Canning Jam Part 2: Supplies You will Need for Canning

I really enjoyed sharing my history of how I continued the lost art of canning going in my family. It brings back very fond memories of how my Mother and Grandmother loved their gardens and loved to “put up” and plan ahead for the winter months for their families. Did you know that “put up” is a term of endearment for canning? It’s the term that they used to use all the time in the olden days.

My mother used small-mouth jars because that is all she had. I remember when the “wide-mouth” jars were brand new, and she wanted them so badly. But back then, you didn’t just go out and buy what was new. You used what you had. As I mentioned yesterday, my Mother relied on my little hand to get the big pieces of fruit turned just so in the jar. With wide-mouth, it was much easier and faster.

In my late twenties when I started to get interested in canning for my own family, I started by looking for jars at yard sales.

I lucked out and found 5 boxes of “wide-mouthed” jars for $1 per box. I was SO happy with my bargain. And I still have those boxes.

Then I found canners and miscellaneous canning tools that I would need.

A few things I bought at the store, and of course you NEVER reuse the lids when canning.

You do reuse the rings, but NEVER the lids.

I also purchased old canners from yard sales. I highly recommend that you find one or two of these, because they make great pots to just cook in, even if you don’t use them for canning. They are heavy duty, and nothing sticks to the bottom. I only paid $2 for my favorite pot!

For the series I’m posting this week, we will not be using a hot water bath or a canner, but be looking for these for canning other than jams.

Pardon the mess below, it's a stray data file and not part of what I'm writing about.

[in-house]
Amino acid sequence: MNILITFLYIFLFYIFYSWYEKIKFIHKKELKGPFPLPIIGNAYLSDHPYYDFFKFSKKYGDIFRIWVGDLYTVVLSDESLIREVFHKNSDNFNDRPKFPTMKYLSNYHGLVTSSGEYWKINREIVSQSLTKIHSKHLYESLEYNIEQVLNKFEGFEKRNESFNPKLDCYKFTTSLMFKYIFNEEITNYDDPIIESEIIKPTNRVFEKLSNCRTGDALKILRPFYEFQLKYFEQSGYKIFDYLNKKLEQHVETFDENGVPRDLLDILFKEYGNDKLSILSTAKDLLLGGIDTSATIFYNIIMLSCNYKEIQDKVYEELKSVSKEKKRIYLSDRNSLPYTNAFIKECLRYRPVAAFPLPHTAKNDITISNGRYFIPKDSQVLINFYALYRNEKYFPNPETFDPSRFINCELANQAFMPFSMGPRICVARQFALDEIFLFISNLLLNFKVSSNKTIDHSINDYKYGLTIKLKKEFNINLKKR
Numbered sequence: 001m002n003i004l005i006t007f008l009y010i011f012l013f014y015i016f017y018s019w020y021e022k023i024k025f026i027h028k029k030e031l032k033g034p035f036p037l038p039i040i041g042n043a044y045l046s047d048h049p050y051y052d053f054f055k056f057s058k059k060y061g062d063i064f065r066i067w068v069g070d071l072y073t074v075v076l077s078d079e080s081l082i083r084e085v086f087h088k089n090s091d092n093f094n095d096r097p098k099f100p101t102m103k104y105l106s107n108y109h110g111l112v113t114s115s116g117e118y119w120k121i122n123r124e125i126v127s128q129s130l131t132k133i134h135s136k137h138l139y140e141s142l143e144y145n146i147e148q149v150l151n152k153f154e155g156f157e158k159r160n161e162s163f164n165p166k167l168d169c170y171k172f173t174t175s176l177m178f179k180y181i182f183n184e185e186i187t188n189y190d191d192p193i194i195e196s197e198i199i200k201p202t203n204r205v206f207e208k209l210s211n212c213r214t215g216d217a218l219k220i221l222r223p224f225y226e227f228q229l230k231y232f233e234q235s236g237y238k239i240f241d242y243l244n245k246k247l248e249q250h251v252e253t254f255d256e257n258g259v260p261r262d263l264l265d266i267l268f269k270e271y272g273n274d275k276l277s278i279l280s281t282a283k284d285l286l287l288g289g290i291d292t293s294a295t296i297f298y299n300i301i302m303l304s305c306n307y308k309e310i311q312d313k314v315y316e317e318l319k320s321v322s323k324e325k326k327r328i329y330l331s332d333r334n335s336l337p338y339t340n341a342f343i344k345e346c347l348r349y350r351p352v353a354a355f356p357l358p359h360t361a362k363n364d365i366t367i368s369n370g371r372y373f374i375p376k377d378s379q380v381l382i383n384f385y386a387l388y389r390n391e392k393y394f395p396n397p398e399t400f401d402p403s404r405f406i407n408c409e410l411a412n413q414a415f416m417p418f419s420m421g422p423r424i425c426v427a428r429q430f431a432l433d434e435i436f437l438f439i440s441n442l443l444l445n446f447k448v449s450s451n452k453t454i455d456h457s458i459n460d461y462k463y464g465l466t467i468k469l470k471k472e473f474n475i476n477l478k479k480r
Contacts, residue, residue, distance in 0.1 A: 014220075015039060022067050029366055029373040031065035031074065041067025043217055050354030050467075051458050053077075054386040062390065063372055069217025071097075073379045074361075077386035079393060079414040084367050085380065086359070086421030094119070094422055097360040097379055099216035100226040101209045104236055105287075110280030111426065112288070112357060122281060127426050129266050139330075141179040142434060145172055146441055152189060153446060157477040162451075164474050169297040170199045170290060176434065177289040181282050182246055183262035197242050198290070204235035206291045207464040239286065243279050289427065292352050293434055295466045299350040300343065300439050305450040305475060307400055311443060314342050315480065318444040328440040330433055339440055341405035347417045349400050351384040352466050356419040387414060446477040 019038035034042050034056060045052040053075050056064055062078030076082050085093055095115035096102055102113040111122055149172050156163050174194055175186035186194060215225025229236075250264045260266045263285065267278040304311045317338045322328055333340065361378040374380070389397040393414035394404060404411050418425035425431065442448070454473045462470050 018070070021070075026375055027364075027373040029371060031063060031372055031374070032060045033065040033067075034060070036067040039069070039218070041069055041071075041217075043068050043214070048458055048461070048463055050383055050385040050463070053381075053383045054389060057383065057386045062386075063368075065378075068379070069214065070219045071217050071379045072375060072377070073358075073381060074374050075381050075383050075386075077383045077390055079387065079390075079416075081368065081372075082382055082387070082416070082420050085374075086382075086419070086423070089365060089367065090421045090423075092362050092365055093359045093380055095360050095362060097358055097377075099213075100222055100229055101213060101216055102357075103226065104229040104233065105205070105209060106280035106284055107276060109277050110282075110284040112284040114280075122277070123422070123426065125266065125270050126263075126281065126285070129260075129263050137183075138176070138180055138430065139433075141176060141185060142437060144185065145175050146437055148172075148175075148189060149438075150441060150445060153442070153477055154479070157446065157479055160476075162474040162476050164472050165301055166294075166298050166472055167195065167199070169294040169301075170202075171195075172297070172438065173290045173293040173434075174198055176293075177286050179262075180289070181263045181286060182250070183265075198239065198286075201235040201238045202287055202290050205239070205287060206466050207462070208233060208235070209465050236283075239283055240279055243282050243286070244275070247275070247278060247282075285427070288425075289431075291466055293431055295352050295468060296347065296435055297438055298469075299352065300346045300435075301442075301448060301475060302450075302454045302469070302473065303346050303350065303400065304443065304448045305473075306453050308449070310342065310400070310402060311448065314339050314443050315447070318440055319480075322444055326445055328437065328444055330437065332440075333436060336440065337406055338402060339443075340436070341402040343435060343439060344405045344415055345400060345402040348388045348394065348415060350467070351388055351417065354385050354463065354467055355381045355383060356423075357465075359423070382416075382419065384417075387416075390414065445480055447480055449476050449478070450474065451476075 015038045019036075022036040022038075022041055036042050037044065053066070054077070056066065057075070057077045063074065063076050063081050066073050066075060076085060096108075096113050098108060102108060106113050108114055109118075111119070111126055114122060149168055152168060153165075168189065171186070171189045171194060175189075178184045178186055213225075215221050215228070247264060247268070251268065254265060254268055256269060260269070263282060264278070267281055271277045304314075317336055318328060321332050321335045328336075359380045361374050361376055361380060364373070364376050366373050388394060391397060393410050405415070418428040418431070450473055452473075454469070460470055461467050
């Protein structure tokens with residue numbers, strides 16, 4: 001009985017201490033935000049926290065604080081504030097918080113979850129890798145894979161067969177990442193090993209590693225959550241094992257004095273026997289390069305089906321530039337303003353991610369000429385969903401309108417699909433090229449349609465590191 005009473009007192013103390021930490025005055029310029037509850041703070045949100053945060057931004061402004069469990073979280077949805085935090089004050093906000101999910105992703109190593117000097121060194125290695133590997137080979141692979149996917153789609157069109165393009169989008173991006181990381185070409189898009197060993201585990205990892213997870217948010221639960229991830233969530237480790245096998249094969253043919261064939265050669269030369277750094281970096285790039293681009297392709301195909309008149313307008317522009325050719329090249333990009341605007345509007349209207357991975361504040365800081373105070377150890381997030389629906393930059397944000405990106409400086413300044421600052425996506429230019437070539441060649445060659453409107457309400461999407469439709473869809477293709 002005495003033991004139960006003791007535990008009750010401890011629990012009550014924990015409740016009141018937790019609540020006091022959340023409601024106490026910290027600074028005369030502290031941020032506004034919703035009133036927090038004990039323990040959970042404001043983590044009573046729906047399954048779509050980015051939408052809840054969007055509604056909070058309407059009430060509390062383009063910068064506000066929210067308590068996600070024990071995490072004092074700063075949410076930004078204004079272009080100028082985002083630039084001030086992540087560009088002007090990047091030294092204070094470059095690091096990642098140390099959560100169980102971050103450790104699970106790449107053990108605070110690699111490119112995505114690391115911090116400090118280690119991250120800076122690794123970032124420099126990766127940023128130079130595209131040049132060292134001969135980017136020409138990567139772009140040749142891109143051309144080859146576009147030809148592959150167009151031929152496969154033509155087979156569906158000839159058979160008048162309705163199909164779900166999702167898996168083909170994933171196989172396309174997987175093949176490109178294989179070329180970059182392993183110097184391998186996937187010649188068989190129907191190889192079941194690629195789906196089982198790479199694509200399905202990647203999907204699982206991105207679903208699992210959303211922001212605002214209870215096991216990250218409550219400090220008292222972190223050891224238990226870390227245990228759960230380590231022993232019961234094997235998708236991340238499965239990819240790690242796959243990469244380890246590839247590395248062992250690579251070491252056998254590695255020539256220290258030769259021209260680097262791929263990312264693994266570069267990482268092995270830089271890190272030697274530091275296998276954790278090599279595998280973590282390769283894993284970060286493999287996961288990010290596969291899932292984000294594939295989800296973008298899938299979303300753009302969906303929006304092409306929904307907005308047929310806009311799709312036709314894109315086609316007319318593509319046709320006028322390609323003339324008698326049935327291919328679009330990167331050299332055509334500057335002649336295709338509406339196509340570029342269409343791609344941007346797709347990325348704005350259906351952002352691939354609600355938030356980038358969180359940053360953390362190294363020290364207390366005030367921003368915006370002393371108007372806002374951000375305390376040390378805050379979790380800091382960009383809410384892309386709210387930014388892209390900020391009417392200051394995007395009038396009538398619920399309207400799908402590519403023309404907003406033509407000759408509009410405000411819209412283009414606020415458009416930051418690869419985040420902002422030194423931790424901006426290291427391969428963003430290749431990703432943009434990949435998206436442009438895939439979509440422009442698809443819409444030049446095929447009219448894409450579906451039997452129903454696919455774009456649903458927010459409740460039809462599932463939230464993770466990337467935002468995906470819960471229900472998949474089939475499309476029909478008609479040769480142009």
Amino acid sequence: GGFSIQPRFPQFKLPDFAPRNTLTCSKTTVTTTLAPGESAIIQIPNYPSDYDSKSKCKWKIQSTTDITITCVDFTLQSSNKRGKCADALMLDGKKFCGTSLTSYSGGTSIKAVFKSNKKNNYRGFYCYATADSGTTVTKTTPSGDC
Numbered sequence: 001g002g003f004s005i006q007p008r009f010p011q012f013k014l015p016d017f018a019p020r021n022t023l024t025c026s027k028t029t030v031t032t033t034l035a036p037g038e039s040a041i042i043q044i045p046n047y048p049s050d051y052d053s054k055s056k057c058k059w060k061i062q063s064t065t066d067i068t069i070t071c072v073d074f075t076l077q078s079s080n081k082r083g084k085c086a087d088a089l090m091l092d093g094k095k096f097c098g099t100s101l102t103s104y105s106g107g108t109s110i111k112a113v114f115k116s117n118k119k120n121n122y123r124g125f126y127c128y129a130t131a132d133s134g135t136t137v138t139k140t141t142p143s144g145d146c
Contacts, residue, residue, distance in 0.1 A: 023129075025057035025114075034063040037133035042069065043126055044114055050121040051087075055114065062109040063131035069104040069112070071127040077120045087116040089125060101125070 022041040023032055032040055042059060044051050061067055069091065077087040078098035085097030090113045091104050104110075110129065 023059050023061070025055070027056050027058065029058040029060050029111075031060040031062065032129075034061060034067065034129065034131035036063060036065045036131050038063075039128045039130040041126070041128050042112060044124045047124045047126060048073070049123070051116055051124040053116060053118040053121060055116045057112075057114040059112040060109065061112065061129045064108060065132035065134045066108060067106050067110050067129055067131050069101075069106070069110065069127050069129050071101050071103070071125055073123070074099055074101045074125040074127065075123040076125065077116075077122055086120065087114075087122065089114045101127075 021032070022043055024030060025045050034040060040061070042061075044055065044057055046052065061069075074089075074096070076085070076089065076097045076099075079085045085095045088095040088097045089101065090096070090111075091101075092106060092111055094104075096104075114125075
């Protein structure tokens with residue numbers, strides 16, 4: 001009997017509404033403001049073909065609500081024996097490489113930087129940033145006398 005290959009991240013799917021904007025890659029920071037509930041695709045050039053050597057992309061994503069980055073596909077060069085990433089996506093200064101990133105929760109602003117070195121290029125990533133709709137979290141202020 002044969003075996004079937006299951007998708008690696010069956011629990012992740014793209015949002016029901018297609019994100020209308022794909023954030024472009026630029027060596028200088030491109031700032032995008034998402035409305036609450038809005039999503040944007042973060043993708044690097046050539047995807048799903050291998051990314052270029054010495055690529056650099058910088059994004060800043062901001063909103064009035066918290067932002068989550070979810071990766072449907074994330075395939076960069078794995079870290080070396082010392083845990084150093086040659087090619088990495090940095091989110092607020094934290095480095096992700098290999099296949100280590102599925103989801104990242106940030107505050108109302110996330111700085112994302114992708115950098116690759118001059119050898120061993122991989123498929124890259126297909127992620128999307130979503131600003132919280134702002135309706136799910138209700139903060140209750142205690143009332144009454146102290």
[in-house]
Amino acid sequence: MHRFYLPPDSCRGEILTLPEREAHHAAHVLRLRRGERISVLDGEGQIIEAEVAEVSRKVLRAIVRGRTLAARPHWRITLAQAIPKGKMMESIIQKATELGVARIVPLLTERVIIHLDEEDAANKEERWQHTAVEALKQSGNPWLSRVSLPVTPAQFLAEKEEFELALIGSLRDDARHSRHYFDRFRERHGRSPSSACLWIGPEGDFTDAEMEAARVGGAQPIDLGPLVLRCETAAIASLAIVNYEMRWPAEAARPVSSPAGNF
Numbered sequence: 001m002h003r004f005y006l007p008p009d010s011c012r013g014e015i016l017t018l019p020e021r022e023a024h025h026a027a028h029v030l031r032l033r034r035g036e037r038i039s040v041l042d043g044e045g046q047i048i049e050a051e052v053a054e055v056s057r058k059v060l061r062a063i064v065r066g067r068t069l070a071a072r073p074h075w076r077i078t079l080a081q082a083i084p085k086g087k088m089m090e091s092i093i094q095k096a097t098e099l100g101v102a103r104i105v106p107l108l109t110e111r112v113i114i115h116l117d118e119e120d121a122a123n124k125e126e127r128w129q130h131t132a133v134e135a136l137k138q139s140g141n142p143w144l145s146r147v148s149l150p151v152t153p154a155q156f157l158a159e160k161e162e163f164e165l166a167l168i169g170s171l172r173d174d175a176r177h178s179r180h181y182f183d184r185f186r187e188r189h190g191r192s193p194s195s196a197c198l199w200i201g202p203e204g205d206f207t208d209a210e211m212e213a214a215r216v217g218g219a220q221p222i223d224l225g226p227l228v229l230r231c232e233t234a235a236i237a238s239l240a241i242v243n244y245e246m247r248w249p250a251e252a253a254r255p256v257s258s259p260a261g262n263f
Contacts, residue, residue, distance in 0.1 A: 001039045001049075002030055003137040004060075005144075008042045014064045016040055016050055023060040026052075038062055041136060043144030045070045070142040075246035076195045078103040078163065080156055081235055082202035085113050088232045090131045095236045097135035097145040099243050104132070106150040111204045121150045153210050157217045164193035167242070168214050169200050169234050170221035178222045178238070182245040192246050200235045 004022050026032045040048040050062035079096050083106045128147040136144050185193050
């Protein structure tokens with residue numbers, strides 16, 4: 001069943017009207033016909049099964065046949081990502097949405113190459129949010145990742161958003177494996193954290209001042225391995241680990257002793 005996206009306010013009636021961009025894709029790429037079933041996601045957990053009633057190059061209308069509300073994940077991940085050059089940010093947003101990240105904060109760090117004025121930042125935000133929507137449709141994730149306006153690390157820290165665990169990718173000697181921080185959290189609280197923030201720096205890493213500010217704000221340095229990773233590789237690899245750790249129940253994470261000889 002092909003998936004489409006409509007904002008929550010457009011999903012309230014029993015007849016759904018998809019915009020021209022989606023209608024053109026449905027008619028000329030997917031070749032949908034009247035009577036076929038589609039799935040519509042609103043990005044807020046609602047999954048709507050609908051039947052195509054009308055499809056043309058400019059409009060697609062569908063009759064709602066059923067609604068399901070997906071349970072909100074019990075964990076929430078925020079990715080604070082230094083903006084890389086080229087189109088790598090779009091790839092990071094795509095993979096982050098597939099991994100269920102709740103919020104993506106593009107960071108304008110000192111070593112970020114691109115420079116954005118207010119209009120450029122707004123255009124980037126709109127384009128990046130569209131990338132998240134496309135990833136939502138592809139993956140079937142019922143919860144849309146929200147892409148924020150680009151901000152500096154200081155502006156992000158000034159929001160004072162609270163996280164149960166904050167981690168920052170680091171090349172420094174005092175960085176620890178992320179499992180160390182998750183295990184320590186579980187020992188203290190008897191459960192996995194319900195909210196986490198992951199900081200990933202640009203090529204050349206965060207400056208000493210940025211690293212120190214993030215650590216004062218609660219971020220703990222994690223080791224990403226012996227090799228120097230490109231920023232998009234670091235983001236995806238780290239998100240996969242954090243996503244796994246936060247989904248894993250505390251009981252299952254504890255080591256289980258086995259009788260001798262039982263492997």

I store my supplies out in the garage, in one area.

Supplies You Need to Make Jam
-I prefer either the half pint (8oz) or pint (16oz) sized jars for jam. One batch of jam will fill around 4 pint jars or 8 half pint jars. The jars and rings (screw tops) may be reused, but all lids must be new. Lids can always be purchased separately.

-A water bath canner or a very large stockpot for heating jam after it’s ladled into jars is optional. You will be able to read about this method in canning books or online, but I prefer to make jam the way my Grandmother and Mother taught me, and I’ll be sharing this method on Day 5. I call it the “Flip-Over” method.

-Large stockpot for cooking jam. Again, I used an old canner.

-Small saucepan for heating lids.

-Canning funnel makes it much easier to funnel into the jars without the mess.

-Jar lifters are not a necessity, but a great utensil for lifting the jam out of the hot water bath.

-The funnel and jar lifter can be purchased together at any discount store, like Wal-Mart or Target.

-Ladle and long spoon for stirring jam. My friend gave me my large one and I use it specifically for canning. I love it!

-Liquid and dry measuring cups.

-Large bowls for the fruit and sugar.

-Fresh fruit.

-I buy the small boxes of Pectin.

-Some recipes require lemon.